Why do so many cartoon characters have mothers who are dead?

The dead-mother plot is a classic of children’s fiction, but animated movies have supplied a new twist: the fun father has taken her place. Sarah Boxer asks why in this interesting feature, reproduced here with kind permission from The Atlantic. .

Zohar Lazar

Bambi’s mother, shot. Nemo’s mother, eaten by a barracuda. Lilo’s mother, killed in a car crash. Koda’s mother in Brother Bear, speared. Po’s mother in Kung Fu Panda 2, done in by a power-crazed peacock. Ariel’s mother in the third Little Mermaid, crushed by a pirate ship. Human baby’s mother in Ice Age, chased by a saber-toothed tiger over a waterfall.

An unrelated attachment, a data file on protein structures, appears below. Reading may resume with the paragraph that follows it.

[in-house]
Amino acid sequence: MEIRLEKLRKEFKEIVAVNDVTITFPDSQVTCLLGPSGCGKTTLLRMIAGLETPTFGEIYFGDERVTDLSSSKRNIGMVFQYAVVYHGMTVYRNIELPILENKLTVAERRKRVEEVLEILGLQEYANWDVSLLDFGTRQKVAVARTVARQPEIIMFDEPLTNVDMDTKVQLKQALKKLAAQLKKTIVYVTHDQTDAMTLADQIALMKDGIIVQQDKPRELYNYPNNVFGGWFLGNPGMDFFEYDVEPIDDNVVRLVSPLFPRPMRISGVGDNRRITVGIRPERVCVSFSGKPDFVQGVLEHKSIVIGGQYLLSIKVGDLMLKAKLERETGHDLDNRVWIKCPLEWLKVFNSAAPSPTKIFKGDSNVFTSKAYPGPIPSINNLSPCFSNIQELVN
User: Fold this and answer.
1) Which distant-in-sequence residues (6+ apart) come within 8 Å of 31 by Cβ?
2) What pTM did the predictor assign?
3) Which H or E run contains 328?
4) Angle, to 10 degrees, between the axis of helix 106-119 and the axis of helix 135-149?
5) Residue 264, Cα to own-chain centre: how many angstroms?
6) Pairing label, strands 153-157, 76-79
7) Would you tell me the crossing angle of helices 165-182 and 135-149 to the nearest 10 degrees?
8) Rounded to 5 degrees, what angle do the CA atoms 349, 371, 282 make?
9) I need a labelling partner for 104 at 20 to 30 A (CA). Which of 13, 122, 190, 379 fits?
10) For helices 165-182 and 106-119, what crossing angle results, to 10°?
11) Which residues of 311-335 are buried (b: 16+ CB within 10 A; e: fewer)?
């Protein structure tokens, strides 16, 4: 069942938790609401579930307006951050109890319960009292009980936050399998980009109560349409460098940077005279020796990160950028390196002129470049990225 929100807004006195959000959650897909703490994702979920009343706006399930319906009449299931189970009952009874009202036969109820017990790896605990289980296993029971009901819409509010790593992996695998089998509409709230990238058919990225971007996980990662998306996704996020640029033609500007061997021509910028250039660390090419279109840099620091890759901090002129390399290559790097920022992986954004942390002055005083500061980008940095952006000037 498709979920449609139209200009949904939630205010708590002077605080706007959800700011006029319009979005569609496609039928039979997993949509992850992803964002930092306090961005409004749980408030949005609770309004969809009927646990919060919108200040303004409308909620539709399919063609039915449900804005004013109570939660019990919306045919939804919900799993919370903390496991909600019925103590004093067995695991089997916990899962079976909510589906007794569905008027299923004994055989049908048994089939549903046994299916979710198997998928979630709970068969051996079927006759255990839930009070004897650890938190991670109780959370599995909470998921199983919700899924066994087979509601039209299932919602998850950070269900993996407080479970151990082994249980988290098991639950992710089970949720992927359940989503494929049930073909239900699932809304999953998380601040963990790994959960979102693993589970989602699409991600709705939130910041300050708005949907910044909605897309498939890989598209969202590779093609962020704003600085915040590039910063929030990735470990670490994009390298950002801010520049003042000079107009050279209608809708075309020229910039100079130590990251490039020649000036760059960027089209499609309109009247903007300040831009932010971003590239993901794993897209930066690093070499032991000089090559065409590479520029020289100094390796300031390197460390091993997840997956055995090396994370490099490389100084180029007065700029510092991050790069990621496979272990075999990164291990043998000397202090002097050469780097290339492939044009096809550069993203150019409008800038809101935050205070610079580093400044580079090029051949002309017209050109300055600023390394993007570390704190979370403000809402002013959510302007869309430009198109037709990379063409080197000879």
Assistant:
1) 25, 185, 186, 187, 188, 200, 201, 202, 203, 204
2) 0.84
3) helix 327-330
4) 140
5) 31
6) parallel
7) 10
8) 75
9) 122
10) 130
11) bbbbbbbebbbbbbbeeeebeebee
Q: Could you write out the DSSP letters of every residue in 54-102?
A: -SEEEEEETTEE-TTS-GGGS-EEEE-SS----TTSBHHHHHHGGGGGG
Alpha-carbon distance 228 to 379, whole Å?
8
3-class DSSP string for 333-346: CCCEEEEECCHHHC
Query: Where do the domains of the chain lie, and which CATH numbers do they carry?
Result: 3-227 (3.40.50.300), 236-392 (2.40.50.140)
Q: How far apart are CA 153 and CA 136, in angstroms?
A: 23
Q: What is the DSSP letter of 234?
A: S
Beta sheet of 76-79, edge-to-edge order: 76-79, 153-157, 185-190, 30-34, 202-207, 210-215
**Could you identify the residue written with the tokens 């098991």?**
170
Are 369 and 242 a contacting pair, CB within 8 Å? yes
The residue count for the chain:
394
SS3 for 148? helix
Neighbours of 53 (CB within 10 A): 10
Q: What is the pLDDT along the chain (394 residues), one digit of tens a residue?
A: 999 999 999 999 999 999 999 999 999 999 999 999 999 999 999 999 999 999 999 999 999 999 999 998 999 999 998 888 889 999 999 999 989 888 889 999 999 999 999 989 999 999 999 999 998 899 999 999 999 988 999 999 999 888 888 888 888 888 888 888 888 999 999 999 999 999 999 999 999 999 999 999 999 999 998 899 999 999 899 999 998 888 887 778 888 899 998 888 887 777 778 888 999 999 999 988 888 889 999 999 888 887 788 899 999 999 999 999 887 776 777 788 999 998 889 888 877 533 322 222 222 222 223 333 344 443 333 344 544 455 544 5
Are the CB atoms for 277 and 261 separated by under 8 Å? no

I used to take the Peter Pan bus between Washington, D.C., and New York City. The ride was terrifying but the price was right, and you could count on watching a movie on the screen mounted behind the driver’s seat. Mrs. Doubtfire, The Man Without a Face, that kind of thing. After a few trips, I noticed a curious pattern. All the movies on board seemed somehow to feature children lost or adrift, kids who had metaphorically fallen out of their prams. Gee, I thought, Peter Pan Bus Lines sure is keen to reinforce its brand identity. The mothers in the movies were either gone or useless. And the father figures? To die for!……..Read the full article here

 

 

 

 

 

 

 

 

 

 

Sarah Boxer is the author of a graphic novel, In the Floyd Archives, and has recently finished its sequel, Mother May I?

 

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